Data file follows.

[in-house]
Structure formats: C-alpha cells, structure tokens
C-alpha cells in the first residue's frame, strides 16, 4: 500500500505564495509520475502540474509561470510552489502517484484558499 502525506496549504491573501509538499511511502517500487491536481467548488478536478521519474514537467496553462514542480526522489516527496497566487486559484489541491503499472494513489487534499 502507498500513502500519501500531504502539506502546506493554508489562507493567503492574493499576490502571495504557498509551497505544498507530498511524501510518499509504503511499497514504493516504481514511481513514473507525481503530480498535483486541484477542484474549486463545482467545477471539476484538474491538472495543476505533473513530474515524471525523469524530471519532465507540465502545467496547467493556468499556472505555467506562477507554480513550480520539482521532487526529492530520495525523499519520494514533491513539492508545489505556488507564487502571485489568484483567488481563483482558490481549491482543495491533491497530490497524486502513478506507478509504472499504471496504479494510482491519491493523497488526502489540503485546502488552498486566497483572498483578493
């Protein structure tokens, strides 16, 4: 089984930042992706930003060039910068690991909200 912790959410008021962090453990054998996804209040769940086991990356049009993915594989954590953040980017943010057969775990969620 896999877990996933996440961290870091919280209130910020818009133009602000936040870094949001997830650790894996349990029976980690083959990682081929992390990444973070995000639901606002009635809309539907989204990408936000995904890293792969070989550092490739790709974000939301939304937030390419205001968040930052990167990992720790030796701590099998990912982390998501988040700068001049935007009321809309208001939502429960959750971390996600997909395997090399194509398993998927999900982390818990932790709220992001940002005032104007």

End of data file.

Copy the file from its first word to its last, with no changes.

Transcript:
[in-house]
Structure formats: C-alpha cells, structure tokens
C-alpha cells in the first residue's frame, strides 16, 4: 500500500505564495509520475502540474509561470510552489502517484484558499 502525506496549504491573501509538499511511502517500487491536481467548488478536478521519474514537467496553462514542480526522489516527496497566487486559484489541491503499472494513489487534499 502507498500513502500519501500531504502539506502546506493554508489562507493567503492574493499576490502571495504557498509551497505544498507530498511524501510518499509504503511499497514504493516504481514511481513514473507525481503530480498535483486541484477542484474549486463545482467545477471539476484538474491538472495543476505533473513530474515524471525523469524530471519532465507540465502545467496547467493556468499556472505555467506562477507554480513550480520539482521532487526529492530520495525523499519520494514533491513539492508545489505556488507564487502571485489568484483567488481563483482558490481549491482543495491533491497530490497524486502513478506507478509504472499504471496504479494510482491519491493523497488526502489540503485546502488552498486566497483572498483578493
């Protein structure tokens, strides 16, 4: 089984930042992706930003060039910068690991909200 912790959410008021962090453990054998996804209040769940086991990356049009993915594989954590953040980017943010057969775990969620 896999877990996933996440961290870091919280209130910020818009133009602000936040870094949001997830650790894996349990029976980690083959990682081929992390990444973070995000639901606002009635809309539907989204990408936000995904890293792969070989550092490739790709974000939301939304937030390419205001968040930052990167990992720790030796701590099998990912982390998501988040700068001049935007009321809309208001939502429960959750971390996600997909395997090399194509398993998927999900982390818990932790709220992001940002005032104007």